Congress is like the long-suffering roommate who has to clean up after a party animal trashes the place.

President Donald Trump campaigned against immigrants in a presidential campaign with a xenophobic theme and lots of rhetoric about walls, and he blasted President Barack Obama – whose own birthplace Trump also questioned – for what he seemed to characterize as bleeding-heart immigration policies. He loved the cheers, even if some of them seem motivated by racial prejudice and outright anger.

So Trump plans to end the DACA program, an enlightened policy that installs legal protection for the children of immigrants brought here illegally by their parents – through no choice of theirs – allowing them to stay in the country to work after they turn 18.

The problem is, while Trump cares most about fulfilling his bombastic bellowing on the campaign circuit, members of Congress in both parties recognize that DACA is a good and sensible thing. Many of those protected by it are contributing to the American economy, and working toward improving their lives and prospects through education that will help them improve the countries from which they came or the United States, where they now live and where many would like to stay.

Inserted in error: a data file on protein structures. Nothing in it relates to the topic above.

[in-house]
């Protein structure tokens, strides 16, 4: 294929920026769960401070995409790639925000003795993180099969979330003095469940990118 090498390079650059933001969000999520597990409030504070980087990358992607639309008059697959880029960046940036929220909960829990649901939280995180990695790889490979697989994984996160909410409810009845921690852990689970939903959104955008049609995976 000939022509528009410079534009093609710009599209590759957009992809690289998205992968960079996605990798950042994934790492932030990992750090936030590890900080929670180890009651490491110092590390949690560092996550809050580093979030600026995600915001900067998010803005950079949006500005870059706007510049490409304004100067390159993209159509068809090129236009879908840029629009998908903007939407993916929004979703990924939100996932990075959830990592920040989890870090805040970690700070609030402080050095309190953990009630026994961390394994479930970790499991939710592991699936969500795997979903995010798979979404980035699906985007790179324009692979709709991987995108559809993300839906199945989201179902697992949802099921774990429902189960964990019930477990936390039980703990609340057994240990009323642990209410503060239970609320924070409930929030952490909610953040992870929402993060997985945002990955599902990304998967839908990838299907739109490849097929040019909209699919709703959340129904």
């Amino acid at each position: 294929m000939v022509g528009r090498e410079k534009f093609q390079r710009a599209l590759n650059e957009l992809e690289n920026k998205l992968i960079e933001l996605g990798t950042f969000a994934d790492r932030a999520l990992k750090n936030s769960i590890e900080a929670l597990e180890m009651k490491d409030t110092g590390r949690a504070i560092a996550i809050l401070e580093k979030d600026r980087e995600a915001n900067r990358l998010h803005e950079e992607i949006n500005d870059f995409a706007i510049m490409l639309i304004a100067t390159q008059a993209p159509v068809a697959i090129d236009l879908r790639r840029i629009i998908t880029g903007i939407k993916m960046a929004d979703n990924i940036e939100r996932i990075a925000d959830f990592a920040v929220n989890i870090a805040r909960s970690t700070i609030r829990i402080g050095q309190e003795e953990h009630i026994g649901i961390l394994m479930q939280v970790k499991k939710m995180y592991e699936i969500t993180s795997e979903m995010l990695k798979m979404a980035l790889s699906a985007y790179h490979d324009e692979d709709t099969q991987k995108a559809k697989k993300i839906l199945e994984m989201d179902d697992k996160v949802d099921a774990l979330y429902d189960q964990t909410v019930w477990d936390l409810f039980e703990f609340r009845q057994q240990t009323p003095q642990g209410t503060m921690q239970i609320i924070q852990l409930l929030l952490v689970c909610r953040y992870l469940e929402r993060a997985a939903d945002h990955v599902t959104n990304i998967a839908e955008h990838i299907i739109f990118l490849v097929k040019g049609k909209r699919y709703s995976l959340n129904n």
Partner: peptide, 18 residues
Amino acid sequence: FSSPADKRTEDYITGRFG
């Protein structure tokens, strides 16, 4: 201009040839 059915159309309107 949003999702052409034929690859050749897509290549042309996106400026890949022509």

There is simply little harm in allowing some young people to remain in the U.S. while they pursue education or work, obey laws, and make positive contributions to this country and to their families.

Even some Republicans – many of whom feared Trump's huffing and puffing as based mostly in emotion – acknowledge that DACA is a good program, and that delaying a "solution," meaning a cleanup of what Trump is doing, is downright cruel to those who are working in the United States under DACA.

For these are people, once and for all, who did not make the choice themselves to cross the border to the United States illegally. If they have been working and following the law why should they be forced out of a place that is all many of them have ever known since early childhood?

Because of the delay on finding a solution to Trump's plan, hundreds of thousands of people will lose protections extended to them under DACA at year's end. And it appears, sadly, that such will happen because Congress is not slated to take up the issue until its return from a holiday break.

Every day of delay, reported the McClatchy Newspapers Washington bureau, means 120 people lose permits to allow them to stay in the country. That's going to create unbelievable headaches for immigration officials if Congress eventually figures something out and those who have lose permits have to get them restored.

Meanwhile, word is buzzing that the party animal now plans another health-care throw down. Imagine the mess that will leave behind.

— The News & Observer (Raleigh, N.C.)